Have A Nice Day Alone

2002, 6:52 min, b&w, sound

Writes Thomas Zummer: "Elusive and compelling, Have a Nice Day Alone is surpassingly strange, even for Leslie Thornton, an acknowledged genius of the unexpected. The entire spatial field of the film is activated by a technological nervous twitch, a bizarrely beautiful and hypnotic pulsing. The image shrinks, flows, collapses, seeming to follow some strange and hidden agenda. There is a text about speech on screen, visible through the pulse. In the background, extreme forms of vocalization, yodeling and macabre laughter punctuate the visual space. As the image flutters, a robotic voice speaks about various conditions of speech. Language is dislocated.It is unclear whether the voice mimics or generates the text.

Finally a small child emerges and calms down the mechano-morphic entity. The mode of address shifts from the position of a voiceover to that of a subject or character within the film, as the child interrogates the voice. No longer authoritative and exterior, the voice is engaged within the mis-en-scene, interacting with the child, and then withdraws into an almost reflective repose, talking to itself. It is a palpable experience of an artificial intelligence, one that is both complicit with us and utterly alien.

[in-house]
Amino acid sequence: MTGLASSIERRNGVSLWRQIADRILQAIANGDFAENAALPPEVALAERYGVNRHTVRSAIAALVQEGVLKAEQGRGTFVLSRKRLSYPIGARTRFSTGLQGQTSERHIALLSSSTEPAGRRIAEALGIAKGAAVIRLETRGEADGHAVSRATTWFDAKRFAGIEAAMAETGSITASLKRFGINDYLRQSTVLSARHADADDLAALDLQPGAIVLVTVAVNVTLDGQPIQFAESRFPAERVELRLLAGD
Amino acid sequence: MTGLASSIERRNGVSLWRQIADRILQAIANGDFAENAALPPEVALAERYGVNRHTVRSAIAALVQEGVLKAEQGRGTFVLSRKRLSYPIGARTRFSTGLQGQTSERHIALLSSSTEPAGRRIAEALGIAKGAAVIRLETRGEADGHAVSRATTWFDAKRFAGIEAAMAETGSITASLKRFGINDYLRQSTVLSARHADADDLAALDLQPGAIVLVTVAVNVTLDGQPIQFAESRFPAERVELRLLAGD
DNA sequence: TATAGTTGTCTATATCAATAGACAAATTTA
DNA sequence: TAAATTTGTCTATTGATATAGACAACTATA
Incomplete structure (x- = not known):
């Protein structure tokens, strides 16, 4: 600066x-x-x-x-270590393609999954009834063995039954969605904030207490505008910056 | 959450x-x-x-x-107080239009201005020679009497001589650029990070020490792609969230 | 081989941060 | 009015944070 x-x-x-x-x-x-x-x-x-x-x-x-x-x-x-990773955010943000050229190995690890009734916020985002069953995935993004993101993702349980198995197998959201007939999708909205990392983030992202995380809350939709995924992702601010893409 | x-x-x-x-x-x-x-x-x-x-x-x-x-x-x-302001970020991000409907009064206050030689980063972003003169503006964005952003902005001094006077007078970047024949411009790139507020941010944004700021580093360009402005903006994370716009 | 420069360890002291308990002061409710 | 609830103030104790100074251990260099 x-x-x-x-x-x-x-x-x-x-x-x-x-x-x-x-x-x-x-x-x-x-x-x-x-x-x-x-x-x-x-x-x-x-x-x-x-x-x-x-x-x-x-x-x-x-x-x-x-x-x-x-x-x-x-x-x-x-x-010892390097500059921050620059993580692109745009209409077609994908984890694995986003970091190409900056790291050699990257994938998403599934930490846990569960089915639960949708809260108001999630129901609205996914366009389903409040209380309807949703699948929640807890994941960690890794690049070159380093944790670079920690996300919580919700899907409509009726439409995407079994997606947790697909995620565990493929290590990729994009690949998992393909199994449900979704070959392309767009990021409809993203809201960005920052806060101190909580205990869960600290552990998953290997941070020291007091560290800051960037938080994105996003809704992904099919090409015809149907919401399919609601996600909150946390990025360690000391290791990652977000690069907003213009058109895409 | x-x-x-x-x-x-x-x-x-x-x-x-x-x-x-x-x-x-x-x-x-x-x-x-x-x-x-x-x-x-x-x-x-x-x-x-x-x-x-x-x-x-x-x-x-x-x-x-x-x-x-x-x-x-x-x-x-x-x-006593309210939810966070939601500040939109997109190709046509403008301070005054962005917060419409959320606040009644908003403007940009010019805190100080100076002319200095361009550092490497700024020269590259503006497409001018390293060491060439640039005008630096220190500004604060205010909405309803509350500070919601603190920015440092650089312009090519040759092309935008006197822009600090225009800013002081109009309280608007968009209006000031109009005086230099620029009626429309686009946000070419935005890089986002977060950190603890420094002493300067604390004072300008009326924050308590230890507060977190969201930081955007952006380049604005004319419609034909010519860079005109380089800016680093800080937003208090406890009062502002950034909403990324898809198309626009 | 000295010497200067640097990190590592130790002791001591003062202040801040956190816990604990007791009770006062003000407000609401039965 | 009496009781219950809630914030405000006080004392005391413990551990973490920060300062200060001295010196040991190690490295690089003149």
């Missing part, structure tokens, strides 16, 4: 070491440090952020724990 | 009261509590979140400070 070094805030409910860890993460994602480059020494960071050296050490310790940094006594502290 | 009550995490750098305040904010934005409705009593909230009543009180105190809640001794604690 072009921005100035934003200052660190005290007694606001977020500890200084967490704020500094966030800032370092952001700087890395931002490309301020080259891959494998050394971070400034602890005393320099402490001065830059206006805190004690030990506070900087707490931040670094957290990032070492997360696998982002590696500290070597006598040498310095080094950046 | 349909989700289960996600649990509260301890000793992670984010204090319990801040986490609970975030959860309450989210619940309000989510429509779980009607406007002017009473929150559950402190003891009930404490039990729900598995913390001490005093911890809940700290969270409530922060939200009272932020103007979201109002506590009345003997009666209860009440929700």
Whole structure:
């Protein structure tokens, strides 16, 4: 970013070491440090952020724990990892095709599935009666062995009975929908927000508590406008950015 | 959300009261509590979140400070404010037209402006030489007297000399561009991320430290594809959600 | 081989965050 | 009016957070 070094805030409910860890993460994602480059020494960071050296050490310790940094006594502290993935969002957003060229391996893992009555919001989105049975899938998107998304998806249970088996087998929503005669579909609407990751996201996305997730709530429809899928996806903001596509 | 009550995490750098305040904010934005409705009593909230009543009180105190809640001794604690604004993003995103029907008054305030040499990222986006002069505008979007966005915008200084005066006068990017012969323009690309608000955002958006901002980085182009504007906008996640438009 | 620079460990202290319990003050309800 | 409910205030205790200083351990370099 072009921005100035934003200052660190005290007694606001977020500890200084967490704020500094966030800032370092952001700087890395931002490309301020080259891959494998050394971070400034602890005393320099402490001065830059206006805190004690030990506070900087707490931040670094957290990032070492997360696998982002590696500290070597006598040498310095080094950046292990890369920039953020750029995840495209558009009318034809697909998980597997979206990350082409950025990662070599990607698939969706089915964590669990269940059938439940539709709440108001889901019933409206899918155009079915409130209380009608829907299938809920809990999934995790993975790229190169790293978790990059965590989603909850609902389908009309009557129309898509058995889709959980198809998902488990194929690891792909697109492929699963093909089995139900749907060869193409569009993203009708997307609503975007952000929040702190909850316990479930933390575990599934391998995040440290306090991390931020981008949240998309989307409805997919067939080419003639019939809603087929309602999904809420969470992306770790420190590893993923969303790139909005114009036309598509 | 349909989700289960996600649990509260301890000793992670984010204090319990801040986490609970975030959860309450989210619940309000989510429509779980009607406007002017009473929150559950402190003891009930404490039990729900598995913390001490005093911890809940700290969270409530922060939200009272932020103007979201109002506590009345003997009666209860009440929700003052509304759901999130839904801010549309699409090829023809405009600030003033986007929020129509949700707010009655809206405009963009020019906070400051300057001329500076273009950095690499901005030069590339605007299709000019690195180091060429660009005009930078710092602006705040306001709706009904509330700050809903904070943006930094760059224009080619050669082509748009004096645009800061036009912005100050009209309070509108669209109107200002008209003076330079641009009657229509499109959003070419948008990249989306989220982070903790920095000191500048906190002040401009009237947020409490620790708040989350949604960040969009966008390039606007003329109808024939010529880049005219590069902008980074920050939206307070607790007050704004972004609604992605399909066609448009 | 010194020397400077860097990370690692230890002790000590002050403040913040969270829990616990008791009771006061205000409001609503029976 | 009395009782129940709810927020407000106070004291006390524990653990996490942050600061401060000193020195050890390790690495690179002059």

Given its dark tone, Have A Nice Day Alone ends on a unexpectedly positive note. Perhaps her most visceral work to date, the piece is as unnerving as it is fascinating to watch, extending Thornton's interest in the vicissitudes of language and narrative into what feels like an entirely new form of discovery. ...Thornton's newest work sings like it doesn't have any conception of music — like it's the very first song."

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